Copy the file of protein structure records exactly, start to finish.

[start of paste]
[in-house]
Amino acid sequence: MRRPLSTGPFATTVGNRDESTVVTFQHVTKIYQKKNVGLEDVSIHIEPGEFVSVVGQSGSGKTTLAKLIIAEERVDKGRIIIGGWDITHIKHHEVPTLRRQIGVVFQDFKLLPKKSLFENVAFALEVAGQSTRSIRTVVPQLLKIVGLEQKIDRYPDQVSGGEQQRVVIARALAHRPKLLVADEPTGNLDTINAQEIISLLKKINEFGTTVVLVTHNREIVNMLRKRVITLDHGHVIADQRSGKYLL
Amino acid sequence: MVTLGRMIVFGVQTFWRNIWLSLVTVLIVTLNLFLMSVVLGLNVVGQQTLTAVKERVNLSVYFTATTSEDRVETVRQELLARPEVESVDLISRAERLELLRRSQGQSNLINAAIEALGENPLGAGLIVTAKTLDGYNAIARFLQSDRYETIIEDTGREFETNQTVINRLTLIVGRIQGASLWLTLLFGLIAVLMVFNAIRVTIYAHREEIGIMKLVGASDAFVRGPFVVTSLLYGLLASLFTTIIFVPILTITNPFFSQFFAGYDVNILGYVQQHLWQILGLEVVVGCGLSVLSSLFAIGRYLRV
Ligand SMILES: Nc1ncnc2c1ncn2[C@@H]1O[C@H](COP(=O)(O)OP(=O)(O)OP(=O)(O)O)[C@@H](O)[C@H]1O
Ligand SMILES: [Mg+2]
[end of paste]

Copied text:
[in-house]
Amino acid sequence: MRRPLSTGPFATTVGNRDESTVVTFQHVTKIYQKKNVGLEDVSIHIEPGEFVSVVGQSGSGKTTLAKLIIAEERVDKGRIIIGGWDITHIKHHEVPTLRRQIGVVFQDFKLLPKKSLFENVAFALEVAGQSTRSIRTVVPQLLKIVGLEQKIDRYPDQVSGGEQQRVVIARALAHRPKLLVADEPTGNLDTINAQEIISLLKKINEFGTTVVLVTHNREIVNMLRKRVITLDHGHVIADQRSGKYLL
Amino acid sequence: MVTLGRMIVFGVQTFWRNIWLSLVTVLIVTLNLFLMSVVLGLNVVGQQTLTAVKERVNLSVYFTATTSEDRVETVRQELLARPEVESVDLISRAERLELLRRSQGQSNLINAAIEALGENPLGAGLIVTAKTLDGYNAIARFLQSDRYETIIEDTGREFETNQTVINRLTLIVGRIQGASLWLTLLFGLIAVLMVFNAIRVTIYAHREEIGIMKLVGASDAFVRGPFVVTSLLYGLLASLFTTIIFVPILTITNPFFSQFFAGYDVNILGYVQQHLWQILGLEVVVGCGLSVLSSLFAIGRYLRV
Ligand SMILES: Nc1ncnc2c1ncn2[C@@H]1O[C@H](COP(=O)(O)OP(=O)(O)OP(=O)(O)O)[C@@H](O)[C@H]1O
Ligand SMILES: [Mg+2]